The Malawi Ministry of Education says it has so far constructed 94 out of 383 low-cost classrooms as part of the COVID-19 response in the education sector.
In February this year, government through the presidential taskforce on COVID-19 allocated K5 billion to the ministry of education as part of Covid-19 response to procure 266 tents, construct 383 low-cost classrooms and drill 502 boreholes in schools.
According to the ministry’s spokesperson Chikondi Chimala, so far 268 boreholes have been drilled countrywide representing 53 percent while 94 low cost classrooms have been constructed countrywide representing 24.54 percent.
Chimala said 184 low cost classrooms are at finishing stage and says there are only nine schools where construction works is yet to commence while six shall wells has been drilled out of the required ten, representing 60 percent.
“I can confirm that the construction of low-cost classrooms and the drilling of boreholes is underway in most schools and reaching this far, the progress is quite impressive and we are so hopeful that the projects will be completed very soon.
“The ministry continues to implement a number of interventions in the fight against covid-19 as well as general education improvement projects,” said Chimala.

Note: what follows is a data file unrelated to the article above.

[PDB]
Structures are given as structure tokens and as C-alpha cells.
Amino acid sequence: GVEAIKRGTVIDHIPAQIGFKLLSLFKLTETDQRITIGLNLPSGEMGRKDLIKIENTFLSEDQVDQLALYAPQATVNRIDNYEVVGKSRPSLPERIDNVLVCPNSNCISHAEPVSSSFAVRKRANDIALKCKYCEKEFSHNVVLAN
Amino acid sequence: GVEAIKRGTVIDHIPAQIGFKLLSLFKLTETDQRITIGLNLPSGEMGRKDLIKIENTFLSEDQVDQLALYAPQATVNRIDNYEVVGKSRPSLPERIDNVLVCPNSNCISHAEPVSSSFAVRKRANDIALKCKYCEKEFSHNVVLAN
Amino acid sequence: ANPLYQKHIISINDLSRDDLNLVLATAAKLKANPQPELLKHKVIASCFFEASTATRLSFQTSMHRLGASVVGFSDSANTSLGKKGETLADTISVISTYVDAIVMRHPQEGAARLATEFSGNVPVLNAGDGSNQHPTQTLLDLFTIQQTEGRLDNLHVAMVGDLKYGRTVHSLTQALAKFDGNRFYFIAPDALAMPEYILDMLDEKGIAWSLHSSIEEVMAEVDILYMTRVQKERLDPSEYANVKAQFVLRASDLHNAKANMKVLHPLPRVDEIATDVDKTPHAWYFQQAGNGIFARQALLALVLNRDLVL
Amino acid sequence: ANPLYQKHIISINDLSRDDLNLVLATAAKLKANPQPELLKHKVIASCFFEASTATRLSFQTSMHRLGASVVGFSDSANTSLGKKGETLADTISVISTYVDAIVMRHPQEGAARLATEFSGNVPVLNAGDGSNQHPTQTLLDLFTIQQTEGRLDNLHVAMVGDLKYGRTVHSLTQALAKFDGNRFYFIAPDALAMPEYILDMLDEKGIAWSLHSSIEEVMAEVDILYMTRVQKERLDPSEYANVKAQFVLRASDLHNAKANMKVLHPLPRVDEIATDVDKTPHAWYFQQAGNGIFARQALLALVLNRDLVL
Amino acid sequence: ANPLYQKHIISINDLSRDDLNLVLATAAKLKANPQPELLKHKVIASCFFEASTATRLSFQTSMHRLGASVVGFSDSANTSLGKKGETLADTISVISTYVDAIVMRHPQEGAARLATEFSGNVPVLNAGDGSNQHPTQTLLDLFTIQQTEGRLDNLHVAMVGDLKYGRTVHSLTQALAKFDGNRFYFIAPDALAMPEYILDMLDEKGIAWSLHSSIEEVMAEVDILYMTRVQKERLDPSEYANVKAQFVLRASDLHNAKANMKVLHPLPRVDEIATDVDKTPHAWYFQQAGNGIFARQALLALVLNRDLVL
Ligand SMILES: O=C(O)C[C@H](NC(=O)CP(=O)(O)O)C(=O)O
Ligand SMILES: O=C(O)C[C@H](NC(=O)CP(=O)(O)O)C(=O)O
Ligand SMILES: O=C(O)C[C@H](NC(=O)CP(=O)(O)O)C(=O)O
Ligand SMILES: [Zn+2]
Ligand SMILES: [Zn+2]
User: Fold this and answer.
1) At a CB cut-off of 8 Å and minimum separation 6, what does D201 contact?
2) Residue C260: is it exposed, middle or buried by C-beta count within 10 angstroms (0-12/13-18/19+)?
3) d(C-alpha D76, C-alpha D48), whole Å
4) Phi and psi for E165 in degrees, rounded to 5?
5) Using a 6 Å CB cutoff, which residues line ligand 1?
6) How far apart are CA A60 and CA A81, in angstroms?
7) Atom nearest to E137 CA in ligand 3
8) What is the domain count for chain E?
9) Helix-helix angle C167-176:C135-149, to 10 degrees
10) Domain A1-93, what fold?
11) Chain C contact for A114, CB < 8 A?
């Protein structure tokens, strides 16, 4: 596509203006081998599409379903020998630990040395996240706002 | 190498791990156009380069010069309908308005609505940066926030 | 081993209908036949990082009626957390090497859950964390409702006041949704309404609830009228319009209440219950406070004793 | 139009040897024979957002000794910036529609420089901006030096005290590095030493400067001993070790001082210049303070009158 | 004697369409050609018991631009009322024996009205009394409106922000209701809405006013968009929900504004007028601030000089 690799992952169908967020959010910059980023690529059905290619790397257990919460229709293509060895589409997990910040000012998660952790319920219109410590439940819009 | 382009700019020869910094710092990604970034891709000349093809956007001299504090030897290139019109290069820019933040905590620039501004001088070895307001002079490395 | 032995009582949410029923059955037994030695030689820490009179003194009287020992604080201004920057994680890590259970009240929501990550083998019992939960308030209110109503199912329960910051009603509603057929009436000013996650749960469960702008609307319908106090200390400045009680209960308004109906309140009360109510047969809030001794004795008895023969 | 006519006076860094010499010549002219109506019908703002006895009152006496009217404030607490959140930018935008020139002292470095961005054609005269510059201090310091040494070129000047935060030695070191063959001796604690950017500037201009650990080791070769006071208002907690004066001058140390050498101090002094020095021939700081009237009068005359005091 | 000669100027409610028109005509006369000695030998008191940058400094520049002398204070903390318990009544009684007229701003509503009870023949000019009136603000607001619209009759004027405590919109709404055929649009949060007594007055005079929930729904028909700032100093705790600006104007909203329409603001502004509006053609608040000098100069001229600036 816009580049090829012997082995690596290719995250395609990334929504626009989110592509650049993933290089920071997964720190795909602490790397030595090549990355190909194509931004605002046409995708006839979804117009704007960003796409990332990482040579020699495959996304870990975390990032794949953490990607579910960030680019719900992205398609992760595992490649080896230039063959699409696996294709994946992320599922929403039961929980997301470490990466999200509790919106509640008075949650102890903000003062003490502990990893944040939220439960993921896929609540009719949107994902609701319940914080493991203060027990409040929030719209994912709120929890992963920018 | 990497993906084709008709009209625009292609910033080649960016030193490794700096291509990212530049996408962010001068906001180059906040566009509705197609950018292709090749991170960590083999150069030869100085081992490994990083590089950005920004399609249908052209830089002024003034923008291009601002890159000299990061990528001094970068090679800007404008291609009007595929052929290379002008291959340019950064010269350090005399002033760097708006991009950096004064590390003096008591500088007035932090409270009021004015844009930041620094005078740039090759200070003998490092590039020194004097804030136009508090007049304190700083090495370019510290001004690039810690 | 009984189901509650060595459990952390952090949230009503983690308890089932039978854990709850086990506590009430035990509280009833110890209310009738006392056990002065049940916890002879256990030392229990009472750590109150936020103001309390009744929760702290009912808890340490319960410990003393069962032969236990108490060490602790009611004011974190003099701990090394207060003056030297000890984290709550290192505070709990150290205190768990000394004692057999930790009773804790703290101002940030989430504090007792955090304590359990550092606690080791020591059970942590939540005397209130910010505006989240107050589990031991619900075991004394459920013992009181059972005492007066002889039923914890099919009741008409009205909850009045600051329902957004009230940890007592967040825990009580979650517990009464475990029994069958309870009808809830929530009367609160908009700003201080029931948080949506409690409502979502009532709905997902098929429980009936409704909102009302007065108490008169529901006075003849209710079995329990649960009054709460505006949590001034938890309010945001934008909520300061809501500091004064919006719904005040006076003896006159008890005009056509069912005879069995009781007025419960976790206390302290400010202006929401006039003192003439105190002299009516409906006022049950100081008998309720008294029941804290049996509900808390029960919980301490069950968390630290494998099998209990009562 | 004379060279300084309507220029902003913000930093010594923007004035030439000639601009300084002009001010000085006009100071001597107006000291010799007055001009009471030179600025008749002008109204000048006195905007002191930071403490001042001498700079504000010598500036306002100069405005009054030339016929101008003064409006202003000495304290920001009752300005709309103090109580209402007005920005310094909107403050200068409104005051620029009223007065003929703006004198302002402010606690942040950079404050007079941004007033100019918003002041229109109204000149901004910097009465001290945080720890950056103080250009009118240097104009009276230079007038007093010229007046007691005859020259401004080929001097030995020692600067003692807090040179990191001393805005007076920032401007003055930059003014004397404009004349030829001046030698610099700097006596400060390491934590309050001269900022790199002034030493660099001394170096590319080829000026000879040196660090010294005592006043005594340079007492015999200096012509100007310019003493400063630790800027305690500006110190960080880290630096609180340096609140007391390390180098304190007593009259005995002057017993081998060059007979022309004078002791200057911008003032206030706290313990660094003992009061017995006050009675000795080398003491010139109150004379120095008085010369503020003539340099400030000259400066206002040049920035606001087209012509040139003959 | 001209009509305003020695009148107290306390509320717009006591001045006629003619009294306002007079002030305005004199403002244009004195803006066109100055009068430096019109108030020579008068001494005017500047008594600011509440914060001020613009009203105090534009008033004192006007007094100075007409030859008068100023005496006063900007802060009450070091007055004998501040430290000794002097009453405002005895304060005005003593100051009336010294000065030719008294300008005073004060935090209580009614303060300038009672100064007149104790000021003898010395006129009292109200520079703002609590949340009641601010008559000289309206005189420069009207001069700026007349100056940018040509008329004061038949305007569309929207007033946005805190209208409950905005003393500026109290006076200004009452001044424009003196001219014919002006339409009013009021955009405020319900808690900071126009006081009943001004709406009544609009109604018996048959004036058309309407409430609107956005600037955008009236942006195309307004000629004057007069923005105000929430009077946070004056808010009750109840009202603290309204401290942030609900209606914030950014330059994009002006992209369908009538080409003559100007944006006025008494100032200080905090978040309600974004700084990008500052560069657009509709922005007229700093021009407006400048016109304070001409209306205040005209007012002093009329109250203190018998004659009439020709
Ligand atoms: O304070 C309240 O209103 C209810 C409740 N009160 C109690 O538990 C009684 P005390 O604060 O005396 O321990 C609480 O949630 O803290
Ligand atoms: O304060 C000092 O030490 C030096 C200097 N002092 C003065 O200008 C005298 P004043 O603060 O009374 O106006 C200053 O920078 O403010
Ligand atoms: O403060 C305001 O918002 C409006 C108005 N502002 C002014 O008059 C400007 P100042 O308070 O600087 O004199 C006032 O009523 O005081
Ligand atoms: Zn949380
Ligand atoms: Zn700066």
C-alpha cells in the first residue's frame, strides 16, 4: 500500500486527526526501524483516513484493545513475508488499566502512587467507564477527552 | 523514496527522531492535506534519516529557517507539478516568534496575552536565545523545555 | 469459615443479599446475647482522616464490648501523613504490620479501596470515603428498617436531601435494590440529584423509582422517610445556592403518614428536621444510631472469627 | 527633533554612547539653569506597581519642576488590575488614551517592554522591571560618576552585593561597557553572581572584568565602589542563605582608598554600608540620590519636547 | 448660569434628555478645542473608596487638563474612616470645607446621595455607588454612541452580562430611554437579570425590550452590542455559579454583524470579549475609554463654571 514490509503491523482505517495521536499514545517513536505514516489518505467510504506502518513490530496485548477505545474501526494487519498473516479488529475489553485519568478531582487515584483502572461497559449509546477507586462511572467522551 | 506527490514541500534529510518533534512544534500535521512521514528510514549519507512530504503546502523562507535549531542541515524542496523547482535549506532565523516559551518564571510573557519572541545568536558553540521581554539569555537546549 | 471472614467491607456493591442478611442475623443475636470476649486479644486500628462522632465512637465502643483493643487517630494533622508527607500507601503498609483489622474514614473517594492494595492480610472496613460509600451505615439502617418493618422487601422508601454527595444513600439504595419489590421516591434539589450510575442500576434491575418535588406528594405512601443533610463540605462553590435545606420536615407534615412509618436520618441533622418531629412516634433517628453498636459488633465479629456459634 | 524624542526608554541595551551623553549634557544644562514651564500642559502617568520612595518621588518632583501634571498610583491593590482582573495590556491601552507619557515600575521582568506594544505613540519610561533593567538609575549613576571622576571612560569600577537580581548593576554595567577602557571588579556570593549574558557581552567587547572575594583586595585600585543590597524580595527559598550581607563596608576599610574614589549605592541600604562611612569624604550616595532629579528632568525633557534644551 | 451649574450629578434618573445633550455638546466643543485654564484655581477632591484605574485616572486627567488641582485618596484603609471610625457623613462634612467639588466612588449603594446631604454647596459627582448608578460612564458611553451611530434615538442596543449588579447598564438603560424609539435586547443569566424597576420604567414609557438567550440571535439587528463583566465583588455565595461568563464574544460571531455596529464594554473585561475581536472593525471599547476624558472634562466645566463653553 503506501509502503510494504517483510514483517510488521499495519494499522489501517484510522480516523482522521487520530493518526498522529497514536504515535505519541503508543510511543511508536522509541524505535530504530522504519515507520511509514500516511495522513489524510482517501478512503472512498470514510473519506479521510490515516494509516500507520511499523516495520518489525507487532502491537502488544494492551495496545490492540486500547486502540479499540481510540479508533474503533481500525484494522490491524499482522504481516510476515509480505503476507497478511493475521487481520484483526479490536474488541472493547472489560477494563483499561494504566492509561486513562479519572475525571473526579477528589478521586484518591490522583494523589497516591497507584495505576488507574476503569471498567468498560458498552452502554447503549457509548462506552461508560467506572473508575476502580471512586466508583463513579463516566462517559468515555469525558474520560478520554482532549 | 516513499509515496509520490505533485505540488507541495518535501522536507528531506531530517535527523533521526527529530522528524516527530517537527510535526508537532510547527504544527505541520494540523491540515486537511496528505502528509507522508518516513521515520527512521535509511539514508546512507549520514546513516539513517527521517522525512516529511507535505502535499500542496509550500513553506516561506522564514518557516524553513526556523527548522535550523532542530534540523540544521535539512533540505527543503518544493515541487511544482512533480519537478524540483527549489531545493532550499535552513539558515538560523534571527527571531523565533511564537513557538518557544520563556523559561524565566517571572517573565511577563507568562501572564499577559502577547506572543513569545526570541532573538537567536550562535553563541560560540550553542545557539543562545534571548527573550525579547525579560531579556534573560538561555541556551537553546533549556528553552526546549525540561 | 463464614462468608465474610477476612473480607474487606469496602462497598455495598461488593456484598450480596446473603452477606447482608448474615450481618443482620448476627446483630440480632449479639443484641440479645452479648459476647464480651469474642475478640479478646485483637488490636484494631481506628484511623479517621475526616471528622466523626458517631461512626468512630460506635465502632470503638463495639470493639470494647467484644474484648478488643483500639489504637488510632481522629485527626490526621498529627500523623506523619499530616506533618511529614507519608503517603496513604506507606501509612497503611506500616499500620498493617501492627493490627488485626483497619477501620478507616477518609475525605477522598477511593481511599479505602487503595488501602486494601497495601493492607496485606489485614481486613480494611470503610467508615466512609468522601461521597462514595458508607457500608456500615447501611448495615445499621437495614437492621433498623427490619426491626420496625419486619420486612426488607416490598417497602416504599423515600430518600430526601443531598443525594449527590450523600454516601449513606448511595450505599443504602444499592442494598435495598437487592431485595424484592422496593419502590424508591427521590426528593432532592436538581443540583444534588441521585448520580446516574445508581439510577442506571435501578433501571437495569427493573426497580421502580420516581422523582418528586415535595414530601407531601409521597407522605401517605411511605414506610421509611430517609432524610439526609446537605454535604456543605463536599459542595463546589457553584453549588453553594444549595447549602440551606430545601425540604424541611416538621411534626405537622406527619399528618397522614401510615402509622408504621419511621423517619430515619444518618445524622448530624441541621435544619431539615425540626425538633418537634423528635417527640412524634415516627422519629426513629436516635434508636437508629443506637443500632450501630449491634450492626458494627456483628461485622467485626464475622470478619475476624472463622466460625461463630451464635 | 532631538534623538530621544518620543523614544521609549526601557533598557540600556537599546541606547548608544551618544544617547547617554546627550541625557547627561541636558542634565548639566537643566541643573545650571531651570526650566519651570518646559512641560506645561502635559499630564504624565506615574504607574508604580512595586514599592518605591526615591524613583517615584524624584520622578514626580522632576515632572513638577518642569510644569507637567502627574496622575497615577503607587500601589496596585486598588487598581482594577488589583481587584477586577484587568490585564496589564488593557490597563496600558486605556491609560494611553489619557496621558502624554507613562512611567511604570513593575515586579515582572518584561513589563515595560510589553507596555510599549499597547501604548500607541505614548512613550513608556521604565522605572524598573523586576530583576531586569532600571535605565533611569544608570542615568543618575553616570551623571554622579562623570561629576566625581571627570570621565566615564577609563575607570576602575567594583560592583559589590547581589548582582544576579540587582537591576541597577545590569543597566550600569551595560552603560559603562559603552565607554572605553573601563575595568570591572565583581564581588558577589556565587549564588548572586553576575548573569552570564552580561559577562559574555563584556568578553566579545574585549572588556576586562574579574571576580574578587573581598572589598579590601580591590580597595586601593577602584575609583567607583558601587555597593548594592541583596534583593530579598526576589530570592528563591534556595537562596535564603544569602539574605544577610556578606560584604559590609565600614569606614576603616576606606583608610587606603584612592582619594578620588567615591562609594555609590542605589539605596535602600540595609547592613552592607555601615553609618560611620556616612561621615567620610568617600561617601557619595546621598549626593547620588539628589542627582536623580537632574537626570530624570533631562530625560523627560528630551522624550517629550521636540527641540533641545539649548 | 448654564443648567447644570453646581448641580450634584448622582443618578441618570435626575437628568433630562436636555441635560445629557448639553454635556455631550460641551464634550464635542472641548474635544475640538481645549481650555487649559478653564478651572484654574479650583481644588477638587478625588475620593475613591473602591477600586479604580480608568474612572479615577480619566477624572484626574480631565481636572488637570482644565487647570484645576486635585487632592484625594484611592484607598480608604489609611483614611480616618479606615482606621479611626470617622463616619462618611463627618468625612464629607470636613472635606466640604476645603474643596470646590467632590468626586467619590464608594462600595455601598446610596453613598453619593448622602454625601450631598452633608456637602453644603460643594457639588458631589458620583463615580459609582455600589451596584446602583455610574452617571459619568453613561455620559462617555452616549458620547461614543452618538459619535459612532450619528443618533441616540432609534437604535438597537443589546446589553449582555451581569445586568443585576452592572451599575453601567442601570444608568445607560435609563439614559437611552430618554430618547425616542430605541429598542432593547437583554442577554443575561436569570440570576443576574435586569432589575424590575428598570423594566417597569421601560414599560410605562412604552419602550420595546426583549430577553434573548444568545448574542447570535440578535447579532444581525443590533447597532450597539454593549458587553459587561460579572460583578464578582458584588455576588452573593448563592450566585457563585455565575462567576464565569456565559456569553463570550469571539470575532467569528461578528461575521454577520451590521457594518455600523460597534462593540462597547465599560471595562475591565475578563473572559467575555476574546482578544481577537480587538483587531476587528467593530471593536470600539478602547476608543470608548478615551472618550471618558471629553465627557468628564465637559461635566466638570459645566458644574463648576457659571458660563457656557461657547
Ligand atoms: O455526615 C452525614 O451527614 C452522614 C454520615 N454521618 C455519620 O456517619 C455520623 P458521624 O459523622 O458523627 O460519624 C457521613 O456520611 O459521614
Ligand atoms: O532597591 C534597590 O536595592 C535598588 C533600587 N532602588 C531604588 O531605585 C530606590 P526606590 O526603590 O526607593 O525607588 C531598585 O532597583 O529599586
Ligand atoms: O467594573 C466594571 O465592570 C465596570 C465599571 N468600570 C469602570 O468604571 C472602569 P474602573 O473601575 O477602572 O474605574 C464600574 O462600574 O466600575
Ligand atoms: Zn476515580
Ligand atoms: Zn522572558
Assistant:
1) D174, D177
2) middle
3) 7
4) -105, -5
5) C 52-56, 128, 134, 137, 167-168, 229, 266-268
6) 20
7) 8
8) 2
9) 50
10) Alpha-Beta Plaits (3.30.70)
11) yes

Malawi24’s visit to some schools in the southern region, revealed that in other schools the facilities are already in use a development which according to Veronica Nyaka Chief Education Officer for Zomba rural, has apparently reduced some of the COVID-19 burdens.
Nyaka said, so far, out of seven boreholes which were allocated for her area, six have been completed and are in use whereas 16 classrooms have been completed out of 17 classrooms thereby reducing the classroom learner ratio.
Concurring with Nyaka, was Rebecca Misili Chief Education Officer for Blantyre rural who said: “We are so grateful for the interventions. The boreholes and classroom blocks have already improved hygiene and reduced congestion respectively.”
Misili who was thankful to the government for the gesture, further said out of 12 boreholes which were allocated for Blantyre rural, four are already in use and out of the nine classrooms, they have since completed five classrooms with the rest in an advanced stage.
In an interview with Malawi24, Vanessa Boloweza, a standard 8 learner at Nachipele primary school in Thyolo, said the construction of a block which has two classrooms has seen learners who were for afternoon shift, learning in the morning.
Meanwhile, Jones Sitolo a deputy headteacher at Lauderdale primary school in Mulanje, has urged the Malawi government to proceed with this arrangement claiming more school blocks can be built under the initiative.
Sitolo said engaging contractors who claims more money yet their works are at par with these low-cost classrooms, is a wastage of government’s resources.
“A single class room block done by a contractor can cost government over K20 million but you can see these low-cost classrooms done by communities, is costing government just K8 million. So, we think if government can think of continuing with this arrangement regardless of COVID-19, more classrooms can be built,” said Banda.
Government was allocating K4.4 million for a single classroom block and K8.8m for a two-classroom block and communities were asked to contribute some other materials including: bricks, sand and water while a single borehole was costing K3.2 million.